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The Forest Quartet review for PlayStation, PC


Platform: PS5
Also on: PS4, PC
Publisher: Bedtime Digital Games
Developer: Mads & Friends
Medium: Digital
Players: 1
Online: No
ESRB: E

Here’s my problem when writing about The Forest Quartet: it’s clearly designed to make you feel things, being a game about processing grief. But when I was finished, I just felt like shrugging and moving on to the next game in my backlog. It’s got its heart in the right place, but I don’t think it comes close to living up to what it wants to be.

A big part of this, I think, is that it intertwines its story and its gameplay, but neither of those elements are particularly well done enough to be interesting. The eponymous Forest Quartet are a jazz quartet who have just lost their lead singer, and the game is about the remaining three members battling their personal demons so they can reunite for one last concert. Each of the three short levels features the members being interviewed and talking about their issues.

To this end, the action on the screen reflects their struggles. One of the members is battling anger issues, so you have to solve puzzles to put out flames. Another is fighting depression, so you have to solve puzzles that light up the darkness. You do this by controlling the spirit of the lead singer, who flies around a dreamlike world.

As I said, though, neither the narrative nor the puzzles are enough to carry the game. While The Forest Quartet features an interesting way of telling you what the members are feeling – and I don’t want to downplay this, since the voice acting in those interviews sounds incredibly natural and realistic – you only get the barebones of a story, which wasn’t enough to make you care about any of the characters, nor did it tell you why or how their late lead singer helped them fend off those demons.

Similarly, none of the puzzles are even remotely challenging. I understand that the game didn’t want to distract too much from the story, but most of the time the puzzles were so linear you didn’t even have to think about what you were doing. During the 90 minutes or so that it took me to finish the game, I can think of two points where I was stuck: one was when the game glitched and a necessary part of a puzzle vanished into thin air, and the other was when I missed the path forward because it was too dark. In both cases, all I needed to do was start the game from my last checkpoint and my issue was resolved. If the gameplay had been a little more challenging or the story a little more engrossing, it might have been enough to make me forget about the problems with the other part of the games/story equation, but as it stands, it just left me feeling a little bored.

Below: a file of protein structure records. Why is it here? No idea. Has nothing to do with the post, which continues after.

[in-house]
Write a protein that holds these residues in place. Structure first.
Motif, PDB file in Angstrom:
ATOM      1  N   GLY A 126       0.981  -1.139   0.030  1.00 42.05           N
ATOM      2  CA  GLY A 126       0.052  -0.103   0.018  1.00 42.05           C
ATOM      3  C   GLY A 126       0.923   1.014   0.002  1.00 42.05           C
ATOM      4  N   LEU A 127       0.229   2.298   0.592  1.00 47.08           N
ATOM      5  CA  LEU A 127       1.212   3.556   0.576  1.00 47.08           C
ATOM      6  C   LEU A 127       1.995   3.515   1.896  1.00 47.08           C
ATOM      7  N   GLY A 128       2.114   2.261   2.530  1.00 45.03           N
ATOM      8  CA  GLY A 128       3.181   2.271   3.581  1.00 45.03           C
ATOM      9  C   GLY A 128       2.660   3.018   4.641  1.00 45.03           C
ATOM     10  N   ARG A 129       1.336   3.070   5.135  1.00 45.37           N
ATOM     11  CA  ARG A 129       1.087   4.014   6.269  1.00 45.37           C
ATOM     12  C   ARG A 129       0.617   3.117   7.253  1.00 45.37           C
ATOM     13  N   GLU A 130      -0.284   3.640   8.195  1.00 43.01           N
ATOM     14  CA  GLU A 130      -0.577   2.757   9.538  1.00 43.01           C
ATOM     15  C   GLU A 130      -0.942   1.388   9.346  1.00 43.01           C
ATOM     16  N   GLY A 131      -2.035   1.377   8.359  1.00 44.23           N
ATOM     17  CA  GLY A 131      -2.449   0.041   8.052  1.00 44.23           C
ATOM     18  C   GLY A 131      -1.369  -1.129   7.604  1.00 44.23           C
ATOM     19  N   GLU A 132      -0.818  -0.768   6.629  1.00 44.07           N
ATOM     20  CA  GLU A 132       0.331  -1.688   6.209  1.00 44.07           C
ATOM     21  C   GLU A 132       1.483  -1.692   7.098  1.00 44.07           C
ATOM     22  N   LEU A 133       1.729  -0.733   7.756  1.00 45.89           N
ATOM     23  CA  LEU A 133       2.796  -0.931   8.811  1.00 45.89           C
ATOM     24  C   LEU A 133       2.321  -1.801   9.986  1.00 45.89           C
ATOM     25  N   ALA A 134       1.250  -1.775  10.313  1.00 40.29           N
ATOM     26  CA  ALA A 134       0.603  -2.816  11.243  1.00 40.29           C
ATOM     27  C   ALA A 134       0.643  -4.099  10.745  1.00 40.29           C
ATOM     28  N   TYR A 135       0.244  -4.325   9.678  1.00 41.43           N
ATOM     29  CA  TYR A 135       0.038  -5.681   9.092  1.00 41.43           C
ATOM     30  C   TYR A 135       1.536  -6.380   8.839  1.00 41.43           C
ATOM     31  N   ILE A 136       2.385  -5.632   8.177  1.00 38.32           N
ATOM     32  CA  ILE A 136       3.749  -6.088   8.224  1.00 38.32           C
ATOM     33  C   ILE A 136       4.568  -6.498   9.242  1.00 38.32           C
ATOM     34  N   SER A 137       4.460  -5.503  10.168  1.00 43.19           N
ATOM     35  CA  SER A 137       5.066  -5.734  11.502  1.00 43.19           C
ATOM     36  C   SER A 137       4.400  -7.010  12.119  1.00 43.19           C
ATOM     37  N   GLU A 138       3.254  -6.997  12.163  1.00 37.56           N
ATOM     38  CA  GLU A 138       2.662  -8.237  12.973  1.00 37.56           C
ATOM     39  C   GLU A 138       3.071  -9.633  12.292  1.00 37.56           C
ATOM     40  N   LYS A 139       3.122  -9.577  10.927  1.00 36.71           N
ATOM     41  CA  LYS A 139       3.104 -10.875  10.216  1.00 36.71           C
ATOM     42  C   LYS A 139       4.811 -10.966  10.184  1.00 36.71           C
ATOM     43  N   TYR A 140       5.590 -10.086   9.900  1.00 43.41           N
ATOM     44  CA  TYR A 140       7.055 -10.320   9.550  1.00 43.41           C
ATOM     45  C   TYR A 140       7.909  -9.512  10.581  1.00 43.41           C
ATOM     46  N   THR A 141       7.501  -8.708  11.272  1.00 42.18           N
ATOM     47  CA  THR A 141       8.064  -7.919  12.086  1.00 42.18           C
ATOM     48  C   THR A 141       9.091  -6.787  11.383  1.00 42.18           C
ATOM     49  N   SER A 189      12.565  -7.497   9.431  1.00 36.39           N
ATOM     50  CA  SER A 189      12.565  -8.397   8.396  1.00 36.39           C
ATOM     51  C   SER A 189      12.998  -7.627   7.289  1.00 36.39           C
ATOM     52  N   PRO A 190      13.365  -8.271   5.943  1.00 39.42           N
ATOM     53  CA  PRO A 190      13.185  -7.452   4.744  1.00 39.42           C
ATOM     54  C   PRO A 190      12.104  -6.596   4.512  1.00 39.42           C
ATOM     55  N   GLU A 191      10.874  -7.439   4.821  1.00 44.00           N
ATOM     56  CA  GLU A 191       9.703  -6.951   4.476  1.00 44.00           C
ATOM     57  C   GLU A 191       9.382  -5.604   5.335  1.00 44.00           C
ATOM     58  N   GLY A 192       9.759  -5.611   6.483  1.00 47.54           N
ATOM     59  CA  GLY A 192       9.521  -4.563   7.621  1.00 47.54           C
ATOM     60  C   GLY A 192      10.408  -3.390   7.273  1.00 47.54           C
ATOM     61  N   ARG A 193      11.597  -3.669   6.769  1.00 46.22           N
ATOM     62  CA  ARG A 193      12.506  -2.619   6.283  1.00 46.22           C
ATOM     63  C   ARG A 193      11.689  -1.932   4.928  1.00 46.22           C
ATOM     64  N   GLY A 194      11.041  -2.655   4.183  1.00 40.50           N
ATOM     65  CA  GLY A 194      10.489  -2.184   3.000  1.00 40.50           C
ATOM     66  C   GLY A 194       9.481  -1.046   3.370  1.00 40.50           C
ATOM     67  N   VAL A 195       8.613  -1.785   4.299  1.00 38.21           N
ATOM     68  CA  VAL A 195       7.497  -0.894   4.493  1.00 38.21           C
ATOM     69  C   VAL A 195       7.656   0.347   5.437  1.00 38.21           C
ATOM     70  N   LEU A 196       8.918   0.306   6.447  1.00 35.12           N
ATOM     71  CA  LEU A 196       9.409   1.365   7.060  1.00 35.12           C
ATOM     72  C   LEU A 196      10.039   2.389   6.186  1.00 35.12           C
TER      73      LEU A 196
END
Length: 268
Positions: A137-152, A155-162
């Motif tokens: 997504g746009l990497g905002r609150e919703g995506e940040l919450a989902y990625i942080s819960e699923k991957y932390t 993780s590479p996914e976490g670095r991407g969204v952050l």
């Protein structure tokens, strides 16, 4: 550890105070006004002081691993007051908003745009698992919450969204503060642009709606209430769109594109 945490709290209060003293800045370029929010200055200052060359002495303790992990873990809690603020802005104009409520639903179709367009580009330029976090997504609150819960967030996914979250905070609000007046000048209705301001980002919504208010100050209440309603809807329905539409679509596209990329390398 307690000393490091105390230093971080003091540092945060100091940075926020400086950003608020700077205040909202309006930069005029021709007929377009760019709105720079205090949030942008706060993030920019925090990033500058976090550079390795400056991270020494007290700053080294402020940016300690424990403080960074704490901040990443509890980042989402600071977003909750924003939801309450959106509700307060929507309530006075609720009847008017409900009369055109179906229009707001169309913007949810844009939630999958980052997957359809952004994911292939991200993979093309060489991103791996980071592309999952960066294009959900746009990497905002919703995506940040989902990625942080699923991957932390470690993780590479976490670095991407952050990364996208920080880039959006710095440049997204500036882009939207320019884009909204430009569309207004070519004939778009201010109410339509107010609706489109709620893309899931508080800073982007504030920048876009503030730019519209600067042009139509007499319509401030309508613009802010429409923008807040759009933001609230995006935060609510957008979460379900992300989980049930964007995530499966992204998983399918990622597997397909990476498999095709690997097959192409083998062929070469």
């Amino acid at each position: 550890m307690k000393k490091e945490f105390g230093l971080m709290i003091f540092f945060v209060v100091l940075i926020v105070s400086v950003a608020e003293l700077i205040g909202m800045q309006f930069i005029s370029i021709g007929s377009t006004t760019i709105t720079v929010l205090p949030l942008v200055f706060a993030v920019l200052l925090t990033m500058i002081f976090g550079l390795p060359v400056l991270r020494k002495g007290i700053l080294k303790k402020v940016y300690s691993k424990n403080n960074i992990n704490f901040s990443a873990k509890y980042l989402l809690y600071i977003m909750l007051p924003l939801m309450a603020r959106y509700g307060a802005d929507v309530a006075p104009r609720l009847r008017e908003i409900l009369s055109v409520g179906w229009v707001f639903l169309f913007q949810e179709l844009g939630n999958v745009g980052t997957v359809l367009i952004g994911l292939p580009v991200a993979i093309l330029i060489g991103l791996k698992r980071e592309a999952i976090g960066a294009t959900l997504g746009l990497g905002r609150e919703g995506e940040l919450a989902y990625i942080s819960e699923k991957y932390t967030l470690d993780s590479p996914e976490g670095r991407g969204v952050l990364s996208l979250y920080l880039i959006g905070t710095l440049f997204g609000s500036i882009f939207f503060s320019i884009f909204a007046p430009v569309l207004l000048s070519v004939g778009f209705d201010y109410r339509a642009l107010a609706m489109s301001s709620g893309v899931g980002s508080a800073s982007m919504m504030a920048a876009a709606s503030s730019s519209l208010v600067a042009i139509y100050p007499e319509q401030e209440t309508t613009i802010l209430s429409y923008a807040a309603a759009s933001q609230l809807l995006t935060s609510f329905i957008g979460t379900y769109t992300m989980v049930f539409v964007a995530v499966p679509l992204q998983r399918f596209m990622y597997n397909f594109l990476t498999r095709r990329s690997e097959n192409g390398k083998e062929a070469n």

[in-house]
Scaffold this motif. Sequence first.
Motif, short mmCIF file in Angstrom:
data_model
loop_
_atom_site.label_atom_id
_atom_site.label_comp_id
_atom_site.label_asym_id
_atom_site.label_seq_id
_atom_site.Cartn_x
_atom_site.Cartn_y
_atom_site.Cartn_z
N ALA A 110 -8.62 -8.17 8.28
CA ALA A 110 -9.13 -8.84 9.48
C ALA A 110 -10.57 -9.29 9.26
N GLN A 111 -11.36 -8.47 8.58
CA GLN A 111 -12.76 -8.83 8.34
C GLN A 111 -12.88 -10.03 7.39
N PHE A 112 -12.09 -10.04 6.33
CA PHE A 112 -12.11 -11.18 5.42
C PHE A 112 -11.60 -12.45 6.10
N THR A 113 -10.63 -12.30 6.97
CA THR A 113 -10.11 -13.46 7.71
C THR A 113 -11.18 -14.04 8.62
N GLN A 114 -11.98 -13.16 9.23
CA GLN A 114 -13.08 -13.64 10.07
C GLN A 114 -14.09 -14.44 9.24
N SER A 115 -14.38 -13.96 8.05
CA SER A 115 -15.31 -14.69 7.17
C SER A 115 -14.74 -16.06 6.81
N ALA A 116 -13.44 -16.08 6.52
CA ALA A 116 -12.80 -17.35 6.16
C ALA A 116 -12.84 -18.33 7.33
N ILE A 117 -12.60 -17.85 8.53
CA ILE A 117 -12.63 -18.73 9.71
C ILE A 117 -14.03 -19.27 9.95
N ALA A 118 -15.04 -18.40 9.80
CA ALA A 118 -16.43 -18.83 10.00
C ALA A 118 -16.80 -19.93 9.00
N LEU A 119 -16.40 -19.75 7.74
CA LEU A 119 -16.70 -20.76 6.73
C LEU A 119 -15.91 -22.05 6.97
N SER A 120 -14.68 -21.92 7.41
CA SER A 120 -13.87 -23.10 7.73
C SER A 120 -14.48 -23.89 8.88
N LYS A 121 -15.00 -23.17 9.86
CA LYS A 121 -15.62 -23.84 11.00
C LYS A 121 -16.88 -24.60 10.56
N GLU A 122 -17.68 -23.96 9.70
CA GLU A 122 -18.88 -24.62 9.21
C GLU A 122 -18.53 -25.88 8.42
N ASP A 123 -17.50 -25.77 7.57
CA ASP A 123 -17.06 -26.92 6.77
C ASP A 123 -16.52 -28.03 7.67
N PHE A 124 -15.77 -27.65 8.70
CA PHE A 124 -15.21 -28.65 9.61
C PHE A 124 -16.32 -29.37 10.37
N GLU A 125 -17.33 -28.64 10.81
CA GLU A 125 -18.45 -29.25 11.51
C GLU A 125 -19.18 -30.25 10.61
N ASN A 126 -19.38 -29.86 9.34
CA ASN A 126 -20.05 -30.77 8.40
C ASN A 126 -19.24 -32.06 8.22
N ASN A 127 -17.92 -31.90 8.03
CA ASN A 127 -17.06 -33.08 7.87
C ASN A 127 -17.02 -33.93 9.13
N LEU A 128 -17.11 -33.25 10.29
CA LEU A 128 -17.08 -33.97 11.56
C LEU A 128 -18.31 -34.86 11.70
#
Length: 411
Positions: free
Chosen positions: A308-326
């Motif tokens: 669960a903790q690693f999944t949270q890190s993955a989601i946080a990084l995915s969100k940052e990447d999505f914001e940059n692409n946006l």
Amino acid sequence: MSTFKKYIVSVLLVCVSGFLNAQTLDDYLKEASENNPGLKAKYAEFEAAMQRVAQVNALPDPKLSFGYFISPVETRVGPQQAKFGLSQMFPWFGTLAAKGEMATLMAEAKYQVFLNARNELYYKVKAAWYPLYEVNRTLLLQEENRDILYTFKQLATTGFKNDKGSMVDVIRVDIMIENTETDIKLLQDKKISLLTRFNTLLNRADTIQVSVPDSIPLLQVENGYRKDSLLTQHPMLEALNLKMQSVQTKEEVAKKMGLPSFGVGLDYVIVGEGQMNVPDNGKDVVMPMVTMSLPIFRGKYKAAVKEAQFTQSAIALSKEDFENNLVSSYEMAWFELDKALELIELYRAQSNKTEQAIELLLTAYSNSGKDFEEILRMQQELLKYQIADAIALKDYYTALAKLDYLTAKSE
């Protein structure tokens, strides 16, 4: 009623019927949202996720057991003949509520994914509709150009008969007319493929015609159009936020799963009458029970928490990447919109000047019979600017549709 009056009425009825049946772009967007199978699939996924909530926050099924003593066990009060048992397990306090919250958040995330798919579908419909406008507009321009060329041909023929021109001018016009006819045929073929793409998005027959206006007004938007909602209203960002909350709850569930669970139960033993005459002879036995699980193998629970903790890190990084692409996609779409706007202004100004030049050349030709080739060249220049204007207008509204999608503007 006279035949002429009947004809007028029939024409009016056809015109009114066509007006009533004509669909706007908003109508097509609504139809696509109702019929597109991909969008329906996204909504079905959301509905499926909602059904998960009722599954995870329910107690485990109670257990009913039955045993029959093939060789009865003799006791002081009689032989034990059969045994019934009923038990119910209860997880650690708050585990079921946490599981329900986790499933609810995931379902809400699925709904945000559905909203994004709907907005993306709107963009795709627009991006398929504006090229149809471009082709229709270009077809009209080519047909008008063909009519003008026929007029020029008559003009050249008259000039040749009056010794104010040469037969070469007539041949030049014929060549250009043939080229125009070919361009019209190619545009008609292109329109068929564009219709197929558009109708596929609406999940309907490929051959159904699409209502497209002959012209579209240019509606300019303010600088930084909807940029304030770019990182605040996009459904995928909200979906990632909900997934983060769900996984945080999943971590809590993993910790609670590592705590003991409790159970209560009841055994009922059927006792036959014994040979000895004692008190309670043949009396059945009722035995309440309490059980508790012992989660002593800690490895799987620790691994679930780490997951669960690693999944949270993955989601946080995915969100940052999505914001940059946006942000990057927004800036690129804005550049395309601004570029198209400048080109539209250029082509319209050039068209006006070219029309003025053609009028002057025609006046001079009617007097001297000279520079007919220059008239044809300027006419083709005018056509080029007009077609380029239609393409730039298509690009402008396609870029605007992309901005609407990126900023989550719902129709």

Even from an aesthetic perspective, The Forest Quartet leaves something to be desired. The visuals are okay, and making the ghost of the lead singer a beam of light (and occasionally butterflies) is sweet, but there aren’t any areas of the game that are very memorable. And for a game about a band, the music is awfully forgettable. You don’t really hear the band’s music until the very end of the game – which may be part of why I struggled to connect to the story – and when you finally do, it’s nothing special.

I feel like a heartless philistine for saying any of this – as I said up top, The Forest Quartet clearly has its heart in the right place, and any game that gets people thinking about overcoming their own demons is a good thing. But as a game, there’s just nothing interesting here.

Bedtime Digital Games provided us with a Forest Quartet PS4/PS5 code for review purposes.

Grade: B-